Numbers 1:5
And these are the names of the men that shall stand with you: of the tribe of Reuben; Elizur the son of Shedeur.
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EXPOSITORY (ENGLISH BIBLE)
(5) Of the tribe of Reuben.—Hebrew, for Reuben.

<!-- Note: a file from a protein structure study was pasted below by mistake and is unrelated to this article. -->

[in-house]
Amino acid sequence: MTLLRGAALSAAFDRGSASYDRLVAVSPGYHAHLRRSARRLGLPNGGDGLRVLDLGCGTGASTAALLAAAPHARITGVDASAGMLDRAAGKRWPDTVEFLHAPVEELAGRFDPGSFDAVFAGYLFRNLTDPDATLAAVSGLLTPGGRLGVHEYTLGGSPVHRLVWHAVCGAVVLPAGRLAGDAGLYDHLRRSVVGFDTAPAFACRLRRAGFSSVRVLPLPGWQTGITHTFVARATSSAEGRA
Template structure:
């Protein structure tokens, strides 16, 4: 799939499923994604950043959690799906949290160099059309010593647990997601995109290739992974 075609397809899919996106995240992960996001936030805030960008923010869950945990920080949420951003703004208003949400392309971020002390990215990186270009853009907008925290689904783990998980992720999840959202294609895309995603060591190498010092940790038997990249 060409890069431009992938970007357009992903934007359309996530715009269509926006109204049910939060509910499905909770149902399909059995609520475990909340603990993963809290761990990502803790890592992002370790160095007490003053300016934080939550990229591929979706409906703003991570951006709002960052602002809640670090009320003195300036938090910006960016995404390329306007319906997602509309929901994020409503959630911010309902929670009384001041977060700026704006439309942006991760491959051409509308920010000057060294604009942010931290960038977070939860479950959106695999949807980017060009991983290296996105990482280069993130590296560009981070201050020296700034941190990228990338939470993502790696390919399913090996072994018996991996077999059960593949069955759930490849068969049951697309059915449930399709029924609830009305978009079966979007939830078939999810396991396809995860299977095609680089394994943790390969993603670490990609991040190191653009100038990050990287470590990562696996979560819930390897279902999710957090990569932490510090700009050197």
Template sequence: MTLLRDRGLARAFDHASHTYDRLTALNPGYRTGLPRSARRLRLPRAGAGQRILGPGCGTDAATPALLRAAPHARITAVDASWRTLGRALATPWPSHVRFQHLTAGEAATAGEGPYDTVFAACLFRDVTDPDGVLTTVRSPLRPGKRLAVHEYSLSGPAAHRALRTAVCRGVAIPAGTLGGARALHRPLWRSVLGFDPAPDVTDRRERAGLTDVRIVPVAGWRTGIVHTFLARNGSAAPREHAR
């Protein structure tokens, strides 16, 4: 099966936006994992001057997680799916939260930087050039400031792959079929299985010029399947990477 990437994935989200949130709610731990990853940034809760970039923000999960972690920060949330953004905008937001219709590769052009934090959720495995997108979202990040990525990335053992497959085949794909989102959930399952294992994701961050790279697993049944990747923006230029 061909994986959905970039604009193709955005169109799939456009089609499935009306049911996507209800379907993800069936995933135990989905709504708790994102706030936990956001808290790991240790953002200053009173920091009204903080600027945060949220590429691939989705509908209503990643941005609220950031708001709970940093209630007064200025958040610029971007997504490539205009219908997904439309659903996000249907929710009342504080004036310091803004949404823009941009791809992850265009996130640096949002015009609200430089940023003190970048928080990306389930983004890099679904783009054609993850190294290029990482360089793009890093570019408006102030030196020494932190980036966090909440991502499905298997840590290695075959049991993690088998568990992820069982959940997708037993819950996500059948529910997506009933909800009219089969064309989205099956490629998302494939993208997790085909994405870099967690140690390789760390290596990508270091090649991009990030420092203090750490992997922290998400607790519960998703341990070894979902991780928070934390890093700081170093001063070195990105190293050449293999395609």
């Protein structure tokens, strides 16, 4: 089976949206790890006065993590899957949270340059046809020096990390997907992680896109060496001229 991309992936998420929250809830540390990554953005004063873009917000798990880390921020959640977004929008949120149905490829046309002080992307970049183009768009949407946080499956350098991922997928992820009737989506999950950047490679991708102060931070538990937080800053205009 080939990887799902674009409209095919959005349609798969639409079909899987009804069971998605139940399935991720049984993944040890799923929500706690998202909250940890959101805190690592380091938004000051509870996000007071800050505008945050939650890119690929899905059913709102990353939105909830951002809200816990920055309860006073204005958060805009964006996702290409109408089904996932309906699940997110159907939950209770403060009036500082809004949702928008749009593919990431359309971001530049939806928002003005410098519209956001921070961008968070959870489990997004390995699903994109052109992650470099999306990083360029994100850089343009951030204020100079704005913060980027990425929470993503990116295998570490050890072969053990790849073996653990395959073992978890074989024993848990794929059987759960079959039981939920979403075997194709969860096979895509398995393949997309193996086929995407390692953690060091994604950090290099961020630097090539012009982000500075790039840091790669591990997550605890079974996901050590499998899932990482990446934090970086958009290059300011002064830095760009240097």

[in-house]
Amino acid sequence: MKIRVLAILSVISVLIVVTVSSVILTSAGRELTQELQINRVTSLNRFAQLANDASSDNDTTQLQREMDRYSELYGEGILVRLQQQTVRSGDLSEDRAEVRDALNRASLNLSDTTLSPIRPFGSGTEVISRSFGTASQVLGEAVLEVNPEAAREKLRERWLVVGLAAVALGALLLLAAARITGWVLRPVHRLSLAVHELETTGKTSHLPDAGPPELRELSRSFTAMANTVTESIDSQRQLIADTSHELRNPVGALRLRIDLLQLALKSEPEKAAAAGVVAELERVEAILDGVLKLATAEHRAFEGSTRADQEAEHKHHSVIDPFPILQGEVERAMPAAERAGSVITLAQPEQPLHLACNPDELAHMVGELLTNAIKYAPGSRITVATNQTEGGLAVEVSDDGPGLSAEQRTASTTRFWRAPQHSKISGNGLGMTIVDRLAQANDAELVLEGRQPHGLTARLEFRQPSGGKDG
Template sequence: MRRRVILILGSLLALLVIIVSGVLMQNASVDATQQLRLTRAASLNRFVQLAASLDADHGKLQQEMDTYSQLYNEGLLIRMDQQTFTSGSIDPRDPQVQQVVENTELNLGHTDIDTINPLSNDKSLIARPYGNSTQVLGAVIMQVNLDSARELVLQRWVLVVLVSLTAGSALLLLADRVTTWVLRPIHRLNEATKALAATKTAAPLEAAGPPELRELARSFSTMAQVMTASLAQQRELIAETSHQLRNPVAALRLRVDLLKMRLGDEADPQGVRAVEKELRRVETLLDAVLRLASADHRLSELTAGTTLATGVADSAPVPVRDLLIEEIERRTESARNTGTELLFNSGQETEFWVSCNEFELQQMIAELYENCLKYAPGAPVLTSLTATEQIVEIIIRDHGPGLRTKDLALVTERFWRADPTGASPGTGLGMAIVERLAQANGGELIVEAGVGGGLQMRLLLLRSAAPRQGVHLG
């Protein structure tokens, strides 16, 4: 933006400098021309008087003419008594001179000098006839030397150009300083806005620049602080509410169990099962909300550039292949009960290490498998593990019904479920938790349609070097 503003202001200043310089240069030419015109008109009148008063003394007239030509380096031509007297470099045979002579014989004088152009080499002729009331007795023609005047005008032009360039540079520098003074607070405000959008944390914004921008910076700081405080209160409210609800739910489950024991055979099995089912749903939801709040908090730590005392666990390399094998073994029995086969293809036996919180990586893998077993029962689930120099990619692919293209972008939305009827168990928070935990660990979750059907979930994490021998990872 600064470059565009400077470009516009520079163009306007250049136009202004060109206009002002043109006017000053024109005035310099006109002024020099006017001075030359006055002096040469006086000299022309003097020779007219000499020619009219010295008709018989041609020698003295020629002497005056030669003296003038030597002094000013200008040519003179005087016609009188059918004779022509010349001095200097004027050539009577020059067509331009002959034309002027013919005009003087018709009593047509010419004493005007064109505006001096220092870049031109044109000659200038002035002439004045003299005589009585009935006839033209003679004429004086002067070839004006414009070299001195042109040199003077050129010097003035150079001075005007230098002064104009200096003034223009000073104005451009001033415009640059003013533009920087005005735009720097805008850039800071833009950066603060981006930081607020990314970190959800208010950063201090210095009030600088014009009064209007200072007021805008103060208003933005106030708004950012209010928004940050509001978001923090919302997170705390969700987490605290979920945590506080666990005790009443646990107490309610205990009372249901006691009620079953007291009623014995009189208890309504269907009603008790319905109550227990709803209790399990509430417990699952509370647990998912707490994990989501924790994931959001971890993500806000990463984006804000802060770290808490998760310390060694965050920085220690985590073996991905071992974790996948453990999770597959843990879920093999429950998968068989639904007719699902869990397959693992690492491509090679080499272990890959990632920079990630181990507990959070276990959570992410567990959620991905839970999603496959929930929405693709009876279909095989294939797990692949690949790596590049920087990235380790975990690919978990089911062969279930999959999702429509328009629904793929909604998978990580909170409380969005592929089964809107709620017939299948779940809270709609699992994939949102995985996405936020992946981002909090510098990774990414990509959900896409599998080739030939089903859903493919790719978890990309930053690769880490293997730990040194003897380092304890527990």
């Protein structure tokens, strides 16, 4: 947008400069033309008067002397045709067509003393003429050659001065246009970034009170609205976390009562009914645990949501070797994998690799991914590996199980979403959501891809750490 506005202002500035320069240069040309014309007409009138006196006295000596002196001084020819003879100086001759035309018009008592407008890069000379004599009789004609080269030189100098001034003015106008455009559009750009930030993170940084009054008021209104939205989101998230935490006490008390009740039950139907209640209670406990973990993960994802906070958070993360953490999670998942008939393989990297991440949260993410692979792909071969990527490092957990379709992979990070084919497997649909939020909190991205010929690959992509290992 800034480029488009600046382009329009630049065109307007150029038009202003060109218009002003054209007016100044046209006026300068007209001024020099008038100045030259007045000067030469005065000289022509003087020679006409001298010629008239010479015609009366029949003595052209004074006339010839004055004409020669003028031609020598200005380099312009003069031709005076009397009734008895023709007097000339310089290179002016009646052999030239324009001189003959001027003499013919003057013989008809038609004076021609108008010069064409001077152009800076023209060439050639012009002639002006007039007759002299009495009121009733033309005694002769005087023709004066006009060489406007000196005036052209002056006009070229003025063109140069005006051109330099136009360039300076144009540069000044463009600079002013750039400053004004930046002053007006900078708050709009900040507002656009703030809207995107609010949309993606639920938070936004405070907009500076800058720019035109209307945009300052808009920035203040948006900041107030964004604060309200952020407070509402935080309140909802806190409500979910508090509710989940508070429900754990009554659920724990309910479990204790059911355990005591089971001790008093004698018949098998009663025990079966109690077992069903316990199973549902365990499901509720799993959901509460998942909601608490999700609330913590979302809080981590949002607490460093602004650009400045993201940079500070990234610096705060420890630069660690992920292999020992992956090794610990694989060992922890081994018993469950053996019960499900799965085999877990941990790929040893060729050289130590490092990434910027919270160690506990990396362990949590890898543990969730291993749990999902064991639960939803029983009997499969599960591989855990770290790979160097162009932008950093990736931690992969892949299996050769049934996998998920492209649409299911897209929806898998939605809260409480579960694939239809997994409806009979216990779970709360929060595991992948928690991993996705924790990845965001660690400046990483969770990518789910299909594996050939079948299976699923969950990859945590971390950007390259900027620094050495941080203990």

Numbers 1:5. Reuben — The tribes are here numbered according to the order or quality of their birth, first the children of Leah, then of Rachel, and then of the handmaids.1:1-43 The people were numbered to show God's faithfulness in thus increasing the seed of Jacob, that they might be the better trained for the wars and conquest of Canaan, and to ascertain their families in order to the division of the land. It is said of each tribe, that those were numbered who were able to go forth to war; they had wars before them, though now they met with no opposition. Let the believer be prepared to withstand the enemies of his soul, though all may appear to be peace.The princes of the tribes, selected Numbers 1:4 under divine direction, were for the most part the same persons as those chosen a few months previously at the counsel of Jethro Exodus 18:21-26. Nahshon, prince of Judah, is mentioned in Exodus 6:23, and Elishama, in 1 Chronicles 7:26-27. The peers of men like these were no doubt entitled, among their fellows, to the epithet "renowned," Numbers 1:16. 5. these are the names of the men that shall stand with you, &c.—Each is designated by adding the name of the ancestors of his tribe, the people of which were called "Beni-Reuben," "Beni-Levi," sons of Reuben, sons of Levi, according to the custom of the Arabs still, as well as other nations which are divided into clans, as the Macs of Scotland, the Aps of Wales, and the O's and the Fitzes of Ireland [Chalmers]. With you, to wit, with Moses and Aaron, who were the chief managers of the work. The tribes are here numbered according to the order or quality of their birth, first the children of Leah, then of Rachel, and then of the hand-maids. And these are the names of the men that shall stand with you,.... Be present with Moses and Aaron when numbering the people; not merely as spectators of the affair, and inspectors of the accounts, but as assistants in the work; each man in his tribe, being best acquainted with the families and houses in it; and these men were not pitched upon by Moses and Aaron, nor chosen by their respective tribes, but were appointed and named by the Lord himself, which was doing them great honour: